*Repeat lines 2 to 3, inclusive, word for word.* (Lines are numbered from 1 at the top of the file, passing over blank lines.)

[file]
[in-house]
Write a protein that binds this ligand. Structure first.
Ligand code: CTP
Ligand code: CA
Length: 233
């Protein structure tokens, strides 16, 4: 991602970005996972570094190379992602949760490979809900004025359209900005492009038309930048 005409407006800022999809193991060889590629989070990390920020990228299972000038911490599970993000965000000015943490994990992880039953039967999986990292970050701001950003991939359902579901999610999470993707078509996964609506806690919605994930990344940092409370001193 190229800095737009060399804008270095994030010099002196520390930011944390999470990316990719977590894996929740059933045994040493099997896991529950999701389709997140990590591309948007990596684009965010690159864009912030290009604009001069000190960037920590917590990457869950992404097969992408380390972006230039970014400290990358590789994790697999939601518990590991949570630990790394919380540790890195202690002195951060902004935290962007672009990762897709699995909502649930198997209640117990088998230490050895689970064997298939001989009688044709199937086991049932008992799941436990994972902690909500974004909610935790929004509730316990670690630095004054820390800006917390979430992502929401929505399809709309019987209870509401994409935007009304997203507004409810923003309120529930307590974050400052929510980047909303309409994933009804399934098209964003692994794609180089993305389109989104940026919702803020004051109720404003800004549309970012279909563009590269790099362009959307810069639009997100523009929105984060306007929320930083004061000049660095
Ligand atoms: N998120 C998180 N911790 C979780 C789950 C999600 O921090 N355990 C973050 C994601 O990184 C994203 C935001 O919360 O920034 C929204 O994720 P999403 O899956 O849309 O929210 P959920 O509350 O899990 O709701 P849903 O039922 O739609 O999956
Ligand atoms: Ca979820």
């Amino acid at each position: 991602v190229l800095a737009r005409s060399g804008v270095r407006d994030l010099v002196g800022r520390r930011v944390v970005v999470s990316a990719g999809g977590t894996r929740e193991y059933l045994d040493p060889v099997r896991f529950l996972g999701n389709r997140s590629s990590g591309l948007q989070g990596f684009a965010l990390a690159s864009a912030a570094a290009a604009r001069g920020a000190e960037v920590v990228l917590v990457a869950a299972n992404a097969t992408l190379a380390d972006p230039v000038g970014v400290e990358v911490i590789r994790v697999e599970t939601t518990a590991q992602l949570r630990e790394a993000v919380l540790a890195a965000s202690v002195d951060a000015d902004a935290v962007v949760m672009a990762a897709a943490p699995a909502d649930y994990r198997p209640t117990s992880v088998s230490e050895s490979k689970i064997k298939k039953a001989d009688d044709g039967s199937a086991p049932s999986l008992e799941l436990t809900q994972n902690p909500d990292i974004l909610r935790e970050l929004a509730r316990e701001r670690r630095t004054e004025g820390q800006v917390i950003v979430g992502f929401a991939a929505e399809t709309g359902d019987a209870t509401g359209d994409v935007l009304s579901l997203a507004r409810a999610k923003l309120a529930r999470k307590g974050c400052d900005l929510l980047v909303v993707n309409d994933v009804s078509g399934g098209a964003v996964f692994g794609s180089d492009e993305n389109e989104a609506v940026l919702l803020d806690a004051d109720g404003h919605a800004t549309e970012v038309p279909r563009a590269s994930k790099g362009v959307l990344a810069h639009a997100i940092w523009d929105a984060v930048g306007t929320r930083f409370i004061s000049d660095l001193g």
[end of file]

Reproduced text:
Write a protein that binds this ligand. Structure first.
Ligand code: CTP